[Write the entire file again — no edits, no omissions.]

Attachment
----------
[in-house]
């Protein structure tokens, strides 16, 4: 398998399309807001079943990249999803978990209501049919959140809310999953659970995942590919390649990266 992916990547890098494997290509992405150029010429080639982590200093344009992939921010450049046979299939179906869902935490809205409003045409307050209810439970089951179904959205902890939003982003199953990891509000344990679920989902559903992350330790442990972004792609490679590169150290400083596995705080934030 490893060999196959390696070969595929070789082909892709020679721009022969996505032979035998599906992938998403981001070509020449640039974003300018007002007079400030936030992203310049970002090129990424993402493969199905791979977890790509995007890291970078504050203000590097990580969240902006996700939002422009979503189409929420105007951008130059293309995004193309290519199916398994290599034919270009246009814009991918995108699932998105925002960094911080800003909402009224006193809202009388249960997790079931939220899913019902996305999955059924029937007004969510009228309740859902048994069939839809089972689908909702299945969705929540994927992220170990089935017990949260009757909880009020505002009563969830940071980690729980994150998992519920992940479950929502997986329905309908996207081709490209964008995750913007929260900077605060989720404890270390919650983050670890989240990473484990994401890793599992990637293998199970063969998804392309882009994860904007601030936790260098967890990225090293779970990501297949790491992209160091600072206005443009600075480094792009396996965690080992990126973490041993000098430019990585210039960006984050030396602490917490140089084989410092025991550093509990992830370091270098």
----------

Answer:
[in-house]
């Protein structure tokens, strides 16, 4: 398998399309807001079943990249999803978990209501049919959140809310999953659970995942590919390649990266 992916990547890098494997290509992405150029010429080639982590200093344009992939921010450049046979299939179906869902935490809205409003045409307050209810439970089951179904959205902890939003982003199953990891509000344990679920989902559903992350330790442990972004792609490679590169150290400083596995705080934030 490893060999196959390696070969595929070789082909892709020679721009022969996505032979035998599906992938998403981001070509020449640039974003300018007002007079400030936030992203310049970002090129990424993402493969199905791979977890790509995007890291970078504050203000590097990580969240902006996700939002422009979503189409929420105007951008130059293309995004193309290519199916398994290599034919270009246009814009991918995108699932998105925002960094911080800003909402009224006193809202009388249960997790079931939220899913019902996305999955059924029937007004969510009228309740859902048994069939839809089972689908909702299945969705929540994927992220170990089935017990949260009757909880009020505002009563969830940071980690729980994150998992519920992940479950929502997986329905309908996207081709490209964008995750913007929260900077605060989720404890270390919650983050670890989240990473484990994401890793599992990637293998199970063969998804392309882009994860904007601030936790260098967890990225090293779970990501297949790491992209160091600072206005443009600075480094792009396996965690080992990126973490041993000098430019990585210039960006984050030396602490917490140089084989410092025991550093509990992830370091270098």